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Released Prisoners: A Forgotten Driver of Homelessness – Mike Trace

CEO of The Forward Trust, Mike Trace.
CEO of The Forward Trust, Mike Trace.

As a Sector Partner of Homewards, The Forward Trust is delighted to have joined the Homewards Partnership – an unprecedented network of individuals, organisations and businesses convened by Prince William and The Royal Foundation to work together towards the mission of finding a way to end homelessness.

We all know that the causes of homelessness are complex, and affect different groups in different ways.

At The Forward Trust, we do a lot of our work in prisons. Through this, we see how short periods of imprisonment contribute significant numbers to the overall totals of people becoming and remaining homeless. For example, in London, an estimated 30% of all rough sleepers have spent some time in prison.

Ours is not the most fashionable cause. When most people think of prisoners, they have a picture of dangerous violent criminals who the rest of us need to be protected from. There are some of these, and where they have committed serious offences, they are rightly given long prison sentences. However, the majority of the 140,000 people who pass through our prisons each year are serving short sentences for relatively minor offences – for example theft, drug offences, non-payment of fines. This proportion is particularly high amongst women prisoners.

We cannot forget or condone the offences people have committed, and often the courts impose a prison sentence as a last resort in response to repeated offending, but these people are not the monsters of popular imagination. They are people who are struggling in life – with poverty, alienation, addiction and mental health problems. All too often, their behaviour is rooted in difficult childhoods involving abuse, neglect and trauma. All too often custodial sentences are applied because of the lack of community provision available to judges at sentencing.

Seen through this lens, a short period of imprisonment rarely acts a deterrent, doesn’t allow any positive rehabilitation efforts, and actually adds to the causes of the offending by increasing the prisoner’s isolation from friends and family, jobs, and accommodation.

Looking at accommodation specifically, many short-sentence prisoners lose whatever stable accommodation they had on entry into prison. This can be as a result of relationship break down, or cancellation of tenancies due to non-compliance or non-payment of rent (of course, once in prison, tenants can no longer earn money or receive benefits to continue rent payments).

Whether already homeless before imprisonment, or newly homeless as a result of imprisonment, most released prisoners (52%) do not have settled accommodation to return to on the day of their release. Furthermore, there is little they can do in this situation to find a roof over their head – the discharge grant of £76 does not cover accommodation costs, and universal credit payments do not kick in for 5-9 weeks after release. The most common options are to find a homeless hostel, or stay with friends – both options that can leave people at risk of being victims, or perpetrators, of crime.

There are housing and homelessness services targeted at released prisoners, and the government has increased funds in recent years to the prison and probation services to reduce the numbers of prisoners released without accommodation. The main government initiative is the Community Accommodation Scheme, which last year offered 12 weeks accommodation to 2,300 released prisoners – in hostels and shared houses.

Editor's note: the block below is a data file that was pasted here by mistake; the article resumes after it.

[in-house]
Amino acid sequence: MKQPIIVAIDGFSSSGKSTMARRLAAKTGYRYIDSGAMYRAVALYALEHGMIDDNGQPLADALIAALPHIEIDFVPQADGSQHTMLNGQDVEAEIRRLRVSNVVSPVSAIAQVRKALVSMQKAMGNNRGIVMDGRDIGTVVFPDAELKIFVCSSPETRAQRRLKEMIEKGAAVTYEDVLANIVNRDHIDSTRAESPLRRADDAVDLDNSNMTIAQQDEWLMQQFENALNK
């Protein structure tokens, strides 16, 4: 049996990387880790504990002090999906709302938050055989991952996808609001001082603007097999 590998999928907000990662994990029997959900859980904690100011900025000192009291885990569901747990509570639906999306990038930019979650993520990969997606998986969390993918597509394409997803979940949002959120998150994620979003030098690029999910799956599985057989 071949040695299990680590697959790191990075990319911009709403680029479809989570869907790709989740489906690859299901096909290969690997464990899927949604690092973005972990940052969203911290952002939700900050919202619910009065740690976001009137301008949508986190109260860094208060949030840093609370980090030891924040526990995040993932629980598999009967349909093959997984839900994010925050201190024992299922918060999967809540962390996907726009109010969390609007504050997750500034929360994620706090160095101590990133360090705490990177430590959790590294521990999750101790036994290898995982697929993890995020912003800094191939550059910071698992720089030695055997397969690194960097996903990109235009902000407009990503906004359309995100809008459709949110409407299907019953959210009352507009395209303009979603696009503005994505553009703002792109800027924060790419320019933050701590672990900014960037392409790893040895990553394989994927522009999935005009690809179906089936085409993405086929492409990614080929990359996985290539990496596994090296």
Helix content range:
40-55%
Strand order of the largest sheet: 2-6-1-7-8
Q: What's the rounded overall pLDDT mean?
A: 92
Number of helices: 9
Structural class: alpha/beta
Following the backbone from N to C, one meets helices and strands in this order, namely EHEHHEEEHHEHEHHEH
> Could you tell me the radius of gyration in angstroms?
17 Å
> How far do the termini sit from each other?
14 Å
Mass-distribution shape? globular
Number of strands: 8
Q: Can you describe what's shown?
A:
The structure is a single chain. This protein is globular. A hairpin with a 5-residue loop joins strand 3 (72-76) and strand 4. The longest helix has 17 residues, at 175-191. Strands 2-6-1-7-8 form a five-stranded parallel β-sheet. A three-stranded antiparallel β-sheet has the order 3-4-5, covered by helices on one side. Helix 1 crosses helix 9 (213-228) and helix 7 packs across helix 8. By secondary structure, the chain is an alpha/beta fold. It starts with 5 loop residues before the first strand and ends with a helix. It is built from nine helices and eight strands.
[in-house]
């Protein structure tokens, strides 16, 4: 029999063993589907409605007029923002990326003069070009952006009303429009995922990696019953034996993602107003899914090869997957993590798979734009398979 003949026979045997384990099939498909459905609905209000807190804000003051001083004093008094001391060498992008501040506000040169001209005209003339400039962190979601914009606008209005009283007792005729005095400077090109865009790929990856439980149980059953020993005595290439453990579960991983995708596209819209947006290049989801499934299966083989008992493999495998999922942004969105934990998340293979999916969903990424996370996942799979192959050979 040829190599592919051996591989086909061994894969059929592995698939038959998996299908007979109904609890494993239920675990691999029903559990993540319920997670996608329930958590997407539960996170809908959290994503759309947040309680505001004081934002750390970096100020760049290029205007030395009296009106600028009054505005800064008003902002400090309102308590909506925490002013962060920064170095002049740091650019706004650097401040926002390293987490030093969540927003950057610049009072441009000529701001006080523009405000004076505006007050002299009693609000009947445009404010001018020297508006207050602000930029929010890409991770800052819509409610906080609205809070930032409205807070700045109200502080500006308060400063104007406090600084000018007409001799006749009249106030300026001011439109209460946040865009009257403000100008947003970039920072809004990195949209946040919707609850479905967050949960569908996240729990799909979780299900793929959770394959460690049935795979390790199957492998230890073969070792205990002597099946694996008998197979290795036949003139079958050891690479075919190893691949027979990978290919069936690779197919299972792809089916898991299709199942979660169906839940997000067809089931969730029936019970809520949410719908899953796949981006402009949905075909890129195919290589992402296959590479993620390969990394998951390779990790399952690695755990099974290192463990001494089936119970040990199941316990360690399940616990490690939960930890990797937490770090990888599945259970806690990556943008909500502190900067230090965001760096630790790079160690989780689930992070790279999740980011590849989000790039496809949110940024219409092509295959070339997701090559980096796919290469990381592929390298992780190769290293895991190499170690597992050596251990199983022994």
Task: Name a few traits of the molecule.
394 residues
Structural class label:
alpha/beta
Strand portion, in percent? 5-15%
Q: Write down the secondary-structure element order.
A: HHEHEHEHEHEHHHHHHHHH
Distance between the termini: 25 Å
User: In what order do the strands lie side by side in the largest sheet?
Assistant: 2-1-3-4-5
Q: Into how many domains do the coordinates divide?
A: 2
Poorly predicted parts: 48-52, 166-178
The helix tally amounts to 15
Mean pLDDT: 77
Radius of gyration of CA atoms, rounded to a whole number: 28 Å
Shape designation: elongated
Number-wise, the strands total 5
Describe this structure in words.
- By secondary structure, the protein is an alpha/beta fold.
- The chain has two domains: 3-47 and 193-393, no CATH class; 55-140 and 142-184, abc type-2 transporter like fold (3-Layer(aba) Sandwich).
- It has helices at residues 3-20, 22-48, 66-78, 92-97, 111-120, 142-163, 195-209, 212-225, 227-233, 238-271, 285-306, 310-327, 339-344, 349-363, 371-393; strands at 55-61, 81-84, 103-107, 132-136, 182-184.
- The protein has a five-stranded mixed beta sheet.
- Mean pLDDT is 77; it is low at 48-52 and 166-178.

There are also housing advice and placement services for prisoners, provided through the probation service. However, if we are to make a real dent in the tens of thousands of released prisoners becoming homeless every year, we need to provide them with access to the private rental market. Forward Trust does this through our ‘Vision Housing’ scheme.

Currently small scale, and limited to specific areas of South London and Surrey, Vision Housing is an example of a ‘Housing First’ approach – provide those who need housing with a place to live, and work with them to address any problems that threaten their continued tenancy. It is much easier to provide support around addiction, mental health and relationships when someone has a safe and comfortable place to sleep each night.

Our Vision Housing team work with private landlords who would not normally think of letting their properties to a prisoner. We de-risk it for them – working with the prisoner to prepare them for the responsibilities of being a tenant, and providing them with support and mentoring throughout the tenancy to avert or respond to any problems that may arise. Despite the many challenges facing our Vision Housing clients, they have achieved a 90% tenancy sustainment rate at 6 months, and 77% at 12 months.

A recent study by the prison inspectorate revealed that two-thirds of people without settled accommodation on release were later returned to custody, while around one-third of those with settled accommodation were not. Efforts to get released prisoners into secure accommodation on the day of release therefore make sense for their rehabilitation, and for reducing crime rates. Vision Housing offers a model that Homewards can apply as part of its mission in the 6 areas.

Ending homelessness will not always be easy, difficult decisions lie ahead, but we know that there are practical ways to stop the routes to homelessness and that’s why what happens after prison is key to long term solutions.

We are so excited to be part of Homewards, bringing our own work and insights to this cross-sector effort to demonstrate that together, it is possible to end homelessness – making it rare, brief and unrepeated.

Mike Trace is the CEO of The Forward Trust. The Forward Trust is one of Homewards’ 16 Sector Partners.